Tuesday, February 23, 2016

Hearts Can Change

I posted on Friday about how I was given a note telling me to take Anthony to the crying room by someone who was obviously annoyed by him.  The note had me very upset.  So upset that I felt the need to write a letter to our pastor about it and at the urging of Bryan, also to share a picture of the note I received to our parish Facebook page.

On Facebook plenty of people responded in a short amount of time.  Those who knew me were outraged, and several other's were also upset that someone would feel the need to leave such a note rather than just approach me face to face to discuss what she felt was a problem.  There were some good discussions coming out of that post, but ultimately, our pastor asked that it be removed.   By that point my letter to him had already been delivered outlining the issue and asking what he felt the best way to handle the situation would be.

This morning at daily Mass we all got to hear his response to my letter.  He made it abundantly clear that none of us should have a problem with the sounds of children in the church.  He also talked about how leaving notes like the one I received on Friday was not a Christian response.  Posting about the incident on social media was also addressed, since he felt it had the ability to fan the flames of an issue that can cause division.  So clearly the logic behind the post and it's subsequent conversation was revealed.

In all, Father's homily was top notch.  He explained to those present why some parents choose to avoid the crying room, citing that it is a circus room and not a place where parents can teach their child how to behave at Mass.  He addressed that it's not a problem to have a child making sounds during Mass, but how in cases where the child is wailing and unable to be quieted, how it would be prudent to remove the child for a time.  That we have done, and most people we have seen with little ones have done that as well.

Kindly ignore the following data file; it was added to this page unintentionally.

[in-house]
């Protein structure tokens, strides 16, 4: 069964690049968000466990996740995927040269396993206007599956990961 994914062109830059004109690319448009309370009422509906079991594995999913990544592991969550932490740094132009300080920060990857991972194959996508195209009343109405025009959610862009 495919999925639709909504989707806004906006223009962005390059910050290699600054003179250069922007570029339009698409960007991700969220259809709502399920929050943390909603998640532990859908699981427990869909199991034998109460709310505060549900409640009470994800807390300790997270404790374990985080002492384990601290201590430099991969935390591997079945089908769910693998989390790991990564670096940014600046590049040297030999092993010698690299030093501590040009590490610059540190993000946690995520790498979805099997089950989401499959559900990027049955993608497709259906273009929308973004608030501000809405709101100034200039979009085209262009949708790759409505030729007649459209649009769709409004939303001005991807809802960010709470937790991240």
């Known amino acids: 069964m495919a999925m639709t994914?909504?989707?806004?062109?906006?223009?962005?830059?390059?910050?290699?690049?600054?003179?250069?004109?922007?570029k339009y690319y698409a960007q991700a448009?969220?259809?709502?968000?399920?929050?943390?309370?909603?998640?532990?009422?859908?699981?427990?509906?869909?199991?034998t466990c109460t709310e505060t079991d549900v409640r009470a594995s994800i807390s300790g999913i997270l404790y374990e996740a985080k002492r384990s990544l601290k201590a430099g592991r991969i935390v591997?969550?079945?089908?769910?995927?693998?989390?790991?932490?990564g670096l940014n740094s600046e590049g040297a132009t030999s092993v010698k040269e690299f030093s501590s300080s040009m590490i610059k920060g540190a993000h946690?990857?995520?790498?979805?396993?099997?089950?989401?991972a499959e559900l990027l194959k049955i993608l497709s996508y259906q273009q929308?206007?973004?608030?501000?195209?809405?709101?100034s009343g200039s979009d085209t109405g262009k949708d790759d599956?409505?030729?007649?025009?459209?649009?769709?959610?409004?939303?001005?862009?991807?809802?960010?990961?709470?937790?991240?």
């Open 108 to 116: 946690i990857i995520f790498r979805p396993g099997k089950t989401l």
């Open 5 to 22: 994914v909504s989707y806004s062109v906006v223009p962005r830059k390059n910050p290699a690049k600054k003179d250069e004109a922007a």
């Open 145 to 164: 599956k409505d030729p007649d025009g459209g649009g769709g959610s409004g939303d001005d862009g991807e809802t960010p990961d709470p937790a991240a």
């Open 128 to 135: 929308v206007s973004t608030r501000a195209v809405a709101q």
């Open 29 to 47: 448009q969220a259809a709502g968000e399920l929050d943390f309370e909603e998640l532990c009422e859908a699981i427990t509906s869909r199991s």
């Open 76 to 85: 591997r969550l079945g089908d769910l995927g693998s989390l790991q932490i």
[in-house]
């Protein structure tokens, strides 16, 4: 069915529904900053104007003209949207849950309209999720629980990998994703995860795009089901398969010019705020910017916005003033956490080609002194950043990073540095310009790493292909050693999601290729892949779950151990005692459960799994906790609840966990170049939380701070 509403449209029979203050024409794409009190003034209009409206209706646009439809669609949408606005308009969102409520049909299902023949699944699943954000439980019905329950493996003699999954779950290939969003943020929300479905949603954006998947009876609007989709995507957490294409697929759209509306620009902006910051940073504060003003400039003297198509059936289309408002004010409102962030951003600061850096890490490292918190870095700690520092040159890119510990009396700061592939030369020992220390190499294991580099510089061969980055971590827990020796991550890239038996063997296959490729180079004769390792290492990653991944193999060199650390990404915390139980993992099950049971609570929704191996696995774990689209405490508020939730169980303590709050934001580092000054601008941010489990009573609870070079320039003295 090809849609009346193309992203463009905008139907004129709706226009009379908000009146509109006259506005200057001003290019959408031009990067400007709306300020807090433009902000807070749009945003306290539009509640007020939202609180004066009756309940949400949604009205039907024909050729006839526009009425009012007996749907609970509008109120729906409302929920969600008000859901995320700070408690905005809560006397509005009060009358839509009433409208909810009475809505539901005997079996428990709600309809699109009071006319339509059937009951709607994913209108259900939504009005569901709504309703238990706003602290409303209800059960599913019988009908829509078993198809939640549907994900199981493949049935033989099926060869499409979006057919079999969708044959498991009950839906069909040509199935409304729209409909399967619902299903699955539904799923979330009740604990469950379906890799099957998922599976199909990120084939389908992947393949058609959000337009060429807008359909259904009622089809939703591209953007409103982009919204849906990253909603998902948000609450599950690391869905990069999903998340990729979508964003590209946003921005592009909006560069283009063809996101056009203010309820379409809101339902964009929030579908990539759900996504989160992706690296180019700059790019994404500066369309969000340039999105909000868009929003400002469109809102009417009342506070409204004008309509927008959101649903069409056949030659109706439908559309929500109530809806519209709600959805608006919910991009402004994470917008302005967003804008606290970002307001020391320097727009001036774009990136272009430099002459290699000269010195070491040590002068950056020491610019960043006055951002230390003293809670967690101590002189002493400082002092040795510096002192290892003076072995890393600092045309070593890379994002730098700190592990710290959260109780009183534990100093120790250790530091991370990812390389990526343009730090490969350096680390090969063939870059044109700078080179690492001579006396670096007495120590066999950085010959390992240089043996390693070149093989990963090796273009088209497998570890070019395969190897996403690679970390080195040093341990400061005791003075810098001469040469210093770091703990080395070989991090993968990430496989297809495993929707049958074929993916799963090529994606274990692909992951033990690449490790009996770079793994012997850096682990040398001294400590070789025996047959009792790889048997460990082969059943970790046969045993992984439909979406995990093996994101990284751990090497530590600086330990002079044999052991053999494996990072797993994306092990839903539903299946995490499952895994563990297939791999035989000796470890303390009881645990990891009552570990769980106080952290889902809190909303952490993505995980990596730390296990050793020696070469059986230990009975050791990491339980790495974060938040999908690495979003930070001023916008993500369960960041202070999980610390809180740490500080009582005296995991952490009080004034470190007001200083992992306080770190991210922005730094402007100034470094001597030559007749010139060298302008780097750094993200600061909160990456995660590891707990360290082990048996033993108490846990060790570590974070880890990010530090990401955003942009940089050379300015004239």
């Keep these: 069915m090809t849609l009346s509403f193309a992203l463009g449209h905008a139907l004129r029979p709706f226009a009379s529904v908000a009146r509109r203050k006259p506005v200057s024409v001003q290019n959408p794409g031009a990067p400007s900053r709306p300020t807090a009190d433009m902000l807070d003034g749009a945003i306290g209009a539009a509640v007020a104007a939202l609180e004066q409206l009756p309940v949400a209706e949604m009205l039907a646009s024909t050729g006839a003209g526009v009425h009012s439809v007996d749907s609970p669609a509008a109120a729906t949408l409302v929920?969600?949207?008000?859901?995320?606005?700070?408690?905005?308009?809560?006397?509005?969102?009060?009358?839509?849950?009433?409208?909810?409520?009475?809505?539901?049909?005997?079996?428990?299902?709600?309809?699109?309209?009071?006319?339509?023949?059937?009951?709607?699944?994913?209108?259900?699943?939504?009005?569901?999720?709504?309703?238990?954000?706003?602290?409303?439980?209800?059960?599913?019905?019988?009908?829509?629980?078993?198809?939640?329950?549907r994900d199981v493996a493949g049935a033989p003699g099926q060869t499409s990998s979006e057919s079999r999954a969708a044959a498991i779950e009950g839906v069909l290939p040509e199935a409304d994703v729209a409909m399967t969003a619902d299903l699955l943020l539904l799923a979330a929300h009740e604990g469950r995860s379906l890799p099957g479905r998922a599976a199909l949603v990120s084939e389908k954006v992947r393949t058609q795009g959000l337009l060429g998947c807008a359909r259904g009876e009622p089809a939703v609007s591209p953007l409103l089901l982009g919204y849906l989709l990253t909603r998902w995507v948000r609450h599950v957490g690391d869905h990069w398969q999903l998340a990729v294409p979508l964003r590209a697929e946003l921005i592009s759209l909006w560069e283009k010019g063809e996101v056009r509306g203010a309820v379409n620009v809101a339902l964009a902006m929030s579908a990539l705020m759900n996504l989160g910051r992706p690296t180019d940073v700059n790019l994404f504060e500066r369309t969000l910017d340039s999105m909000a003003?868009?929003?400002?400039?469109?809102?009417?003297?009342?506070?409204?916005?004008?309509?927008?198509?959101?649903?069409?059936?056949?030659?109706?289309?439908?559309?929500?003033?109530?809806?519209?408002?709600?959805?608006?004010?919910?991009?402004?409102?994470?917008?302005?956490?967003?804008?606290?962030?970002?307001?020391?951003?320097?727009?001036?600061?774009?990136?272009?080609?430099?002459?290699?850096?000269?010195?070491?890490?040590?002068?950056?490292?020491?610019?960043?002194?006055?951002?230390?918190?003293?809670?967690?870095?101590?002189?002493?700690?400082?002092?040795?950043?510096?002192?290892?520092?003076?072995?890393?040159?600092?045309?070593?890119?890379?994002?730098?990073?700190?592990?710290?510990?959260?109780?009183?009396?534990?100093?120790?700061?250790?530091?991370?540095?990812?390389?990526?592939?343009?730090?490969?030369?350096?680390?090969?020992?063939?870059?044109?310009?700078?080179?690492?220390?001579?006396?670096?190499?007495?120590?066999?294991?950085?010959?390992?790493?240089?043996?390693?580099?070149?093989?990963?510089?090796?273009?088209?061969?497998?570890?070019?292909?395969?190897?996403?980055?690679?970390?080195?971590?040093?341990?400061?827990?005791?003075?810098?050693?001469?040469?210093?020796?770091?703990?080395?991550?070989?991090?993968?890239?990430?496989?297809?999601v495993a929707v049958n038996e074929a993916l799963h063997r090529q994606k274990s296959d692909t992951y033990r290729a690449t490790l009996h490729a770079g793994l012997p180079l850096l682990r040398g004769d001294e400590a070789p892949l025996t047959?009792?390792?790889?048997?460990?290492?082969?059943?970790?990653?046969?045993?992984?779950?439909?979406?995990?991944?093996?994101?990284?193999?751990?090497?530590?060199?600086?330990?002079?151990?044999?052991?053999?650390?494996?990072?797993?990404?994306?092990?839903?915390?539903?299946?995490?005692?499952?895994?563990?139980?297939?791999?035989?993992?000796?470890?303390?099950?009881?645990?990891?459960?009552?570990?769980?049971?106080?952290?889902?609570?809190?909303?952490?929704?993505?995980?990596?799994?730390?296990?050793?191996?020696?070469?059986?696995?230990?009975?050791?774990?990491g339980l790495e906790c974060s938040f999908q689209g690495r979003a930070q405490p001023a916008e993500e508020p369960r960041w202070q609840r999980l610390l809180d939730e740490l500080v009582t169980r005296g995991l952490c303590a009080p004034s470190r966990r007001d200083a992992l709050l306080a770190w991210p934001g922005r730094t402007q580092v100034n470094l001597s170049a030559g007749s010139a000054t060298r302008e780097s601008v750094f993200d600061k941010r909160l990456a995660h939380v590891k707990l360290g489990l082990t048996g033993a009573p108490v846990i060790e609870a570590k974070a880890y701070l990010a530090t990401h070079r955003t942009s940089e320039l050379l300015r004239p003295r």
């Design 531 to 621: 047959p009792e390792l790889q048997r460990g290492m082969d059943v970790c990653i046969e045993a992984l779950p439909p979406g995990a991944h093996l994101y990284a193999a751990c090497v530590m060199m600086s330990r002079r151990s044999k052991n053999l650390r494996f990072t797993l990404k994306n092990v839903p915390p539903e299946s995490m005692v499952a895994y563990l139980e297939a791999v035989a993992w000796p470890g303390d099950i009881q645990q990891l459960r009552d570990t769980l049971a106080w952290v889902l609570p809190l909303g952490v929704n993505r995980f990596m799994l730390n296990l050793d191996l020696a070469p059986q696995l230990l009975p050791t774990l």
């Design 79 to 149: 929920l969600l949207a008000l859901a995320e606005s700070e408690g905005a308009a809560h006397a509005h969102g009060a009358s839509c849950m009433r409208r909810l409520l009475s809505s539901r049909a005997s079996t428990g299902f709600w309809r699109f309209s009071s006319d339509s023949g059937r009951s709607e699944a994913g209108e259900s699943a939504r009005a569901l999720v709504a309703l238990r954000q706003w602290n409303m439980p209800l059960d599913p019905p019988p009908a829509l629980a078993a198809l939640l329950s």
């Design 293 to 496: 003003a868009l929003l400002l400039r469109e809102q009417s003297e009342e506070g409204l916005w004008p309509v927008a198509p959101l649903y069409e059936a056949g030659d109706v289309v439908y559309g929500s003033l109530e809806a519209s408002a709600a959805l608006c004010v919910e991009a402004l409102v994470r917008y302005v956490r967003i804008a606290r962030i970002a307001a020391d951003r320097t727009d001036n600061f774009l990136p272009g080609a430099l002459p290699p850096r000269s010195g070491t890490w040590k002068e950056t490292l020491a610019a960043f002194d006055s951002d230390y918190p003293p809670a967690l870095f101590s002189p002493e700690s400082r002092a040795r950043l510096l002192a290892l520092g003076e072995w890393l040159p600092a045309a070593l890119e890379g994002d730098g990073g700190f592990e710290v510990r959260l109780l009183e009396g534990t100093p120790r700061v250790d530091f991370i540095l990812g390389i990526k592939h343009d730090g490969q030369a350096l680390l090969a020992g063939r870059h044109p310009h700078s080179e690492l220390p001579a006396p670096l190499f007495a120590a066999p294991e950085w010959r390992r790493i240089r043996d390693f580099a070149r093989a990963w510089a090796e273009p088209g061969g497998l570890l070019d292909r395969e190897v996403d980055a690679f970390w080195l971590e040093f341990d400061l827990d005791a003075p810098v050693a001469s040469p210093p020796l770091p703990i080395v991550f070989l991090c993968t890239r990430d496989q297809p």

I felt one of his best points related to the dropping fertility rate and how as people have chosen to have fewer children, we have created a society that is less accepting of the sounds of children.  He pointed out that these little ones have something to teach us and should not be excluded.  Because our society has become less child friendly, it has essentially gotten many of us to a point where we expect not to be bothered by them or their sounds when out in public.  He made it a point to state that when you attend a public event, such as a Mass, you cannot expect or anticipate that there will not be children or other distractions around you.  He let people know that that quiet some of them expect at Mass can be found in our adoration chapel.  I know that's one place I don't take my little ones unless it's empty, and if other people show up while we are there I always leave so we don't disturb them.

After Mass there was a lot of talk about the homily.   Many of the people there that know me were aware of what happened on Friday so they felt as I did that the homily was very well done.  I do wish the woman who wrote the note had been there this morning, but she wasn't. (I do think she sat in front of us at Sunday Mass.)  Grumpy Cat Lady, however, was there.  Over the past six or seven weeks I've been making it a point to say hello to her, hold doors for her and ask her how she is doing when I see her.  Today as I was walking out of the church with Anthony she came up to us with a big smile on her face to tell me how well behaved she thought he was today.  She even told Anthony he was really good.  So hearts can change.  It was such a welcome exchange and gives me hope that we will win her over in time.  Bryan thinks the homily might have played a big part in her change of tone, and he might be right.

So if you're the mom of the noisy baby at church and someone says something unkind or leaves you a note telling you where you should take that baby, take a deep breath before you respond.  If they don't run off as soon as saying something, tell them why you're not going to be pushed into a crying room or why you'll continue coming to the church.  Maybe you're like me and you have more than one little one.  On days when it's just me, Anthony and Katie, I know if I get up to take Anthony out of the church the noise level will escalate to fever pitch because Katie will then have a total freak out.  So sometimes what looks like the logical choice to an outsider is the lesser of two evils.  If, as in my situation, the person does an attack and run approach, write a letter to your pastor or approach him about it and let him know what happened and how you feel such a message can become a problem not just for you, but for other families as well.  If you have priests who are not shy about welcoming children at Mass they may just be your biggest ally in getting the rest of the parish community to accept the little ones.

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